Mike Serbinis told us that Kobo is focused on the international aspect of reading and the social. The USA market is too expensive and too saturated for any new company to come along and try to make headway. The landscape is dominated by Amazon, Barnes and Noble, and many inferior based devices. Kobo went the route of offering e-readers in traditionally untapped markets. It is very important that Kobo not alienate potential customers just because of the country they may live in. Barnes and Noble are notorious for this by not selling the device outside the USA and not allowing book purchases either. You can honestly buy a Kobo in any country in the world and start buying books right away.

During 2011, Kobo is expanding on their core philosophy of reaching a global audience by opening up new markets in Australia, New Zealand, Hong Kong, Spain, France, Germany, and the UK. In foreign markets where English is not the primarily language spoken they have begun localizing their devices and starting new eBook stores. These stores give local authors a chance to have their books heavily promoted and feature regional bestselling authors.

Kobo initially cut their teeth by offering a digital self publishing service called “something here.” They pitched the idea of developing a dedicated reader to go along with their fledging store. Chapters/Indigo saw the potential of a home grown company and recognized that Sony, Amazon, and Barnes and Noble were slowly cornering the USA market. Chapters took the risk and heavily invested in the company and allowed them to develop a reader, enhance their bookstore, make apps for every major platform, and have their gadgets sold in Chapters/Indigo stores across Canada. Instead of peddling independent books, Kobo began forming partnerships with many top publishers to get their content featured in the store. They also starting approaching newspaper outlets for content features on all of their devices. To be fair Kobo, has never lost sight of their self-publishing days and some employees when asked about it had a wistful look in their eyes. Though Kobo does not specialize in self-publishing anymore, you can still have your books listed in their store if you go through 3rd party distribution companies such as Smashwords.

Kobo enjoys newfound success with their new model of selling books and devices with capabilities to tap into their ecosystem. This was not enough and they decided to expand into other markets, such as the lucrative USA. They found a willing partner in the form of Borders USA and signed an exclusive agreement to stock their device in their stores. After Borders, the company then branched into Australia and New Zealand with such companies as Angus and Robertson, Redgroup, and Borders Australia.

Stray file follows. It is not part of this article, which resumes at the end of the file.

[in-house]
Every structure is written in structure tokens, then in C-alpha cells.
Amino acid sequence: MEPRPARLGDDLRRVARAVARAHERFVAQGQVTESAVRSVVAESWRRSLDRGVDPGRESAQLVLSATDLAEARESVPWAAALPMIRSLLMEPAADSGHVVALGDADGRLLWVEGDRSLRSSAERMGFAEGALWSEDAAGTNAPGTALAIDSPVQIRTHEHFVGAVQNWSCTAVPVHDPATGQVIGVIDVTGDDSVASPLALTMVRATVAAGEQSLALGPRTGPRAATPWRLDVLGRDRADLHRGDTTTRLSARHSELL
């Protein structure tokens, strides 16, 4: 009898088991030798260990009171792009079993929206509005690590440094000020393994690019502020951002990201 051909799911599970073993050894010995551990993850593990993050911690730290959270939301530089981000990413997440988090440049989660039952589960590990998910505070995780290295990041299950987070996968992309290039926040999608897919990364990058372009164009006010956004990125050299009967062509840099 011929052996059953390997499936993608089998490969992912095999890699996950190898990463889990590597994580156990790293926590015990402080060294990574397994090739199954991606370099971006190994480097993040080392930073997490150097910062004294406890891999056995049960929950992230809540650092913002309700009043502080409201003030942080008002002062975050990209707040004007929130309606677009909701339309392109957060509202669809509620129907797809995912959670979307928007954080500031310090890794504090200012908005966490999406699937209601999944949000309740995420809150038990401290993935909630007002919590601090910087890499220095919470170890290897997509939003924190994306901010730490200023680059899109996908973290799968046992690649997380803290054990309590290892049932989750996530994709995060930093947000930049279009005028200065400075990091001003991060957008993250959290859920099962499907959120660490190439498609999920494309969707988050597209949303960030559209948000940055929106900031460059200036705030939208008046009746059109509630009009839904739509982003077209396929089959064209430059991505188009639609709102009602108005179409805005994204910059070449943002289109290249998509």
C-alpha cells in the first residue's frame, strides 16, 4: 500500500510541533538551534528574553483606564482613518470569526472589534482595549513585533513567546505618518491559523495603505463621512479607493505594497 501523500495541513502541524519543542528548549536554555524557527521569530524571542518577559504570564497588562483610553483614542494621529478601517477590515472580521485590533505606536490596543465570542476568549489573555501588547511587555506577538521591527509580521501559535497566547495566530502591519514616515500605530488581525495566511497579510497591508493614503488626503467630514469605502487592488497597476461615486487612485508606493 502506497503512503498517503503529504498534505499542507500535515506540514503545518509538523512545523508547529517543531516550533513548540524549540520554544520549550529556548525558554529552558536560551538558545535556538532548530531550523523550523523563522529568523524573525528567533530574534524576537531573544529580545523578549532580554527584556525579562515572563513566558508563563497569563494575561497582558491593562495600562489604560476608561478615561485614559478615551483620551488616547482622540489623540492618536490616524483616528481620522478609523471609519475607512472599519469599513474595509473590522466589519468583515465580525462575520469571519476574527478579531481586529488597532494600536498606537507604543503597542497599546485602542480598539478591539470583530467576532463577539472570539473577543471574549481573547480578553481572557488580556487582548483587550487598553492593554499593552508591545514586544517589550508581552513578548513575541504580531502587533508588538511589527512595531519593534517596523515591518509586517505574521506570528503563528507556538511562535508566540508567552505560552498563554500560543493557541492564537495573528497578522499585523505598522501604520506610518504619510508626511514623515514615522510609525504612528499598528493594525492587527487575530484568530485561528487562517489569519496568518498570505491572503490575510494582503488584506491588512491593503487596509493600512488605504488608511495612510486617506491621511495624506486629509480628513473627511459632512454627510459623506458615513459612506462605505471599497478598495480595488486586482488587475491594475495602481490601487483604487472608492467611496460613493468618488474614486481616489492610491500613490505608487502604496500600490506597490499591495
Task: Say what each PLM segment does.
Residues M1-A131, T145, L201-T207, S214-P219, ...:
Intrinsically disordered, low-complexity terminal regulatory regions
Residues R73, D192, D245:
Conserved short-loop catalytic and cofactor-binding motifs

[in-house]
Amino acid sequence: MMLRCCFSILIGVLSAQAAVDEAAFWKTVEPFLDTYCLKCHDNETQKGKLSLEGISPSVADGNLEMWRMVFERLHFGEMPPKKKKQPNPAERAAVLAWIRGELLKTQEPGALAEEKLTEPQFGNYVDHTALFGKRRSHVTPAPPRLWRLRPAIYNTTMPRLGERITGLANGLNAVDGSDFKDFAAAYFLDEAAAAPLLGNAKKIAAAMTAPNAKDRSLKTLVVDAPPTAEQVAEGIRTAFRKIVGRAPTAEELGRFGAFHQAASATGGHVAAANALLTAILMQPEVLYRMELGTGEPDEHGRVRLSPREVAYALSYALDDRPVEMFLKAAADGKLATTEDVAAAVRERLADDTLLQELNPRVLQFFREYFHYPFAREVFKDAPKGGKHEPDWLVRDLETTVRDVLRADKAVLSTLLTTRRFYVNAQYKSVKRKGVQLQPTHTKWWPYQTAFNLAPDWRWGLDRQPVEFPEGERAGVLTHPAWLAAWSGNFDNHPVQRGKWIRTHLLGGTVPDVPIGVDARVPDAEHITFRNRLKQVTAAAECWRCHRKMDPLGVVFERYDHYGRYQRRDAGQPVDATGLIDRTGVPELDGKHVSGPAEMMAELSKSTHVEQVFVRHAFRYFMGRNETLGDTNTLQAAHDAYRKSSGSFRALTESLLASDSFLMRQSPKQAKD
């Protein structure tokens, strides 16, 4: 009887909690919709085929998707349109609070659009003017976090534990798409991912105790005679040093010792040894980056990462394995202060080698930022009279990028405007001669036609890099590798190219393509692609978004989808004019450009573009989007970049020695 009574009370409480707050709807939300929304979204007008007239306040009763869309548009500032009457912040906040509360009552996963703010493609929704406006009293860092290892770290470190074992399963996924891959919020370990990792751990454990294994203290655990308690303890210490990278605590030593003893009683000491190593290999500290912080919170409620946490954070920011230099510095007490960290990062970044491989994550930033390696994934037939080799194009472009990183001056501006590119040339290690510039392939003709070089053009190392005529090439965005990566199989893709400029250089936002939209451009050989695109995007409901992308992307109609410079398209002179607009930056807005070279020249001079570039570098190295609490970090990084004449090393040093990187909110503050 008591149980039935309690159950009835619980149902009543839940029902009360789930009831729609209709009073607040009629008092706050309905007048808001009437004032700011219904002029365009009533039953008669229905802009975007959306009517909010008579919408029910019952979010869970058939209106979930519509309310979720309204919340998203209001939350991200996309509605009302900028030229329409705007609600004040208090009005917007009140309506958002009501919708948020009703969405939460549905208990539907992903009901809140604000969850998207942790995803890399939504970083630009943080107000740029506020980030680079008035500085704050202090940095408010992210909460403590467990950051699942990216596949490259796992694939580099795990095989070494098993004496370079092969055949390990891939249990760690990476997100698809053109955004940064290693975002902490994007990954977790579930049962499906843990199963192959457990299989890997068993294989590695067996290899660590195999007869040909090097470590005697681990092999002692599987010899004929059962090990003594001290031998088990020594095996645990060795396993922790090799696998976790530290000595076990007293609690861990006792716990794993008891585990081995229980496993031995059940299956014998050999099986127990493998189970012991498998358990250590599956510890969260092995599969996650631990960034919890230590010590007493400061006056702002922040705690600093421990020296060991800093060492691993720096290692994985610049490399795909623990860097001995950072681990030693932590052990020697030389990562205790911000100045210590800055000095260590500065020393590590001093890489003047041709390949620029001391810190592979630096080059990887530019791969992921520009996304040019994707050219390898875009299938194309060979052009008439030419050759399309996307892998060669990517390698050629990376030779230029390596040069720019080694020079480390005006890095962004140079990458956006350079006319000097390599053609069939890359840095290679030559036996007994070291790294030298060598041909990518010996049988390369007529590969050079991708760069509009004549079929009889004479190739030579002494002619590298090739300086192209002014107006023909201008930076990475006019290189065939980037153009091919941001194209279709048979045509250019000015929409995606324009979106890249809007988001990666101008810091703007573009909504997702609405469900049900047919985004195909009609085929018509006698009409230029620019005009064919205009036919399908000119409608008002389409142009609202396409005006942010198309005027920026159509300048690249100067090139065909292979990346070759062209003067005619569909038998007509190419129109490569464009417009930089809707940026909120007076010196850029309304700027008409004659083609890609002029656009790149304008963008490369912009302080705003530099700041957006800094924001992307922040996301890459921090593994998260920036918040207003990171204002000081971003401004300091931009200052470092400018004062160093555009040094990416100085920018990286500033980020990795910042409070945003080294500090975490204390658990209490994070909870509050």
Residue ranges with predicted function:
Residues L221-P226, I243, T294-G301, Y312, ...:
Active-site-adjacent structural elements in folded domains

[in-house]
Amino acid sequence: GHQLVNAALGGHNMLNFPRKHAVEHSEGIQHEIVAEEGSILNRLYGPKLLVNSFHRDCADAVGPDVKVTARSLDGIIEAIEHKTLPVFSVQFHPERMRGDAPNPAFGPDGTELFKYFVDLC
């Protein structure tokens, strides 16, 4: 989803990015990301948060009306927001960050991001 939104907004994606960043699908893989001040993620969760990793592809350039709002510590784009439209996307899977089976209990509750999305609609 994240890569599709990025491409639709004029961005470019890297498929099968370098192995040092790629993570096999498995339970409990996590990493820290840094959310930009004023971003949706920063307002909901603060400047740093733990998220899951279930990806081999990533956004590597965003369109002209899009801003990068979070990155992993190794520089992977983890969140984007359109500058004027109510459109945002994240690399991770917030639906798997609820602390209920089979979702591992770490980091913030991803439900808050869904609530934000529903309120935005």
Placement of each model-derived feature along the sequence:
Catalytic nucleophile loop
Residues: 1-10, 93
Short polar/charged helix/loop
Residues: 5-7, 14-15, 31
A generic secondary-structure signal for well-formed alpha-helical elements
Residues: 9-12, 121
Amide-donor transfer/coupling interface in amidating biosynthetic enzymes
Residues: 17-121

The Borders agreement was doomed from almost the very beginning because the company did not exclusively sell Kobo devices; instead they sold a wide array of low quality devices. They even had their own bookstore, which many of the devices they sold did not even tap in to. Eventually, they smartened up and had their own bookstore powered by Kobo, but then it was too late. The company went out of business earlier this year and thousands of employees got the axe. The fallout of the Borders saga resulted in the exclusive licensing deal Kobo had with them. This meant that Kobo could not deal with any other companies in the USA until the current deal expires in 2012. Things did not get any easier, with Barnes and Noble recently purchasing the entire intellectual properly, including millions of users who purchased books or kobo devices. So how is the Canadian based e-reader Company coping with a bad situation in the USA? They started a series of small kiosks! We reported months ago that they started a trail one at Grand Central Station in New York. The company informed us today that that during this holiday season they are starting many new kiosks in Canada, USA, UK, and other markets. All of their staff are highly trained on the product and can answer most basic to advanced questions.

Australia has been a crazy market place during the last year and has seen the total collapse of Borders Australia, Redgroup, Angus & Robertson, and others. All of these companies had Kobo licenses and with them dying out and the Pearson Group picking over the scrapes, things were beginning to look bleak. In July, Kobo brokered a deal with Collins Bookstores to have their readers sold in over a hundred locations. This ensures that Kobo will have a strong and lasting retail relationship in Australia and hopefully Malcolm Neil does not make yet another company implode.

Europe is the latest battleground, and both Amazon and Kobo are both dueling it out to get publishers and retailers locked up. This market should prove to be more stable than Australia and the USA in terms of the market being more entrenched. Europe is traditionally has longer lived companies with a tremendous amount of history. Off the top of my head I could mention a ton of French and UK publishers and book sellers that have been around since the 1700’s.

Kobo is poised to knock the ball out of the park with the Kobo Vox, and with the same entry level price point as the Amazon Kindle Fire; it will suit more people’s budgets. We have talked to many people with small kids and they all proclaim they feel more comfortable giving them a $199 device then a $600 iPad.

Update: We just got the go ahead! Incoming full review and video reviews!